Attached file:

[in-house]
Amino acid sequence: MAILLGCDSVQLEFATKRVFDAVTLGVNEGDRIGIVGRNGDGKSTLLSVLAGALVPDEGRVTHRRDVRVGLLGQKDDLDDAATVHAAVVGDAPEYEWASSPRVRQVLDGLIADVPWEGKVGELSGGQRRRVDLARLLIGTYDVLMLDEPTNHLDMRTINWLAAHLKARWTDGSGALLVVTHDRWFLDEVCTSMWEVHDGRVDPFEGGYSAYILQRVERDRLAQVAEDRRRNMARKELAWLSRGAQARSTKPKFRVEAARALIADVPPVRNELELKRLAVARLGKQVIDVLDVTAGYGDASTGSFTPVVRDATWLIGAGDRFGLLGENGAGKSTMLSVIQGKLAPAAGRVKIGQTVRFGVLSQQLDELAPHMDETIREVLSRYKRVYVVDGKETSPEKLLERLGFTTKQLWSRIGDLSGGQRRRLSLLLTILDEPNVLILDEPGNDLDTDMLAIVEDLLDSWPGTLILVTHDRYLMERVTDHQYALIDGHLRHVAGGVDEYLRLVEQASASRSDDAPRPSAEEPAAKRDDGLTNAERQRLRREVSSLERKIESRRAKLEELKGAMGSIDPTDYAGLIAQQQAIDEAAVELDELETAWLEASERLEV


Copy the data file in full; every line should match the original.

[in-house]
Amino acid sequence: MAILLGCDSVQLEFATKRVFDAVTLGVNEGDRIGIVGRNGDGKSTLLSVLAGALVPDEGRVTHRRDVRVGLLGQKDDLDDAATVHAAVVGDAPEYEWASSPRVRQVLDGLIADVPWEGKVGELSGGQRRRVDLARLLIGTYDVLMLDEPTNHLDMRTINWLAAHLKARWTDGSGALLVVTHDRWFLDEVCTSMWEVHDGRVDPFEGGYSAYILQRVERDRLAQVAEDRRRNMARKELAWLSRGAQARSTKPKFRVEAARALIADVPPVRNELELKRLAVARLGKQVIDVLDVTAGYGDASTGSFTPVVRDATWLIGAGDRFGLLGENGAGKSTMLSVIQGKLAPAAGRVKIGQTVRFGVLSQQLDELAPHMDETIREVLSRYKRVYVVDGKETSPEKLLERLGFTTKQLWSRIGDLSGGQRRRLSLLLTILDEPNVLILDEPGNDLDTDMLAIVEDLLDSWPGTLILVTHDRYLMERVTDHQYALIDGHLRHVAGGVDEYLRLVEQASASRSDDAPRPSAEEPAAKRDDGLTNAERQRLRREVSSLERKIESRRAKLEELKGAMGSIDPTDYAGLIAQQQAIDEAAVELDELETAWLEASERLEV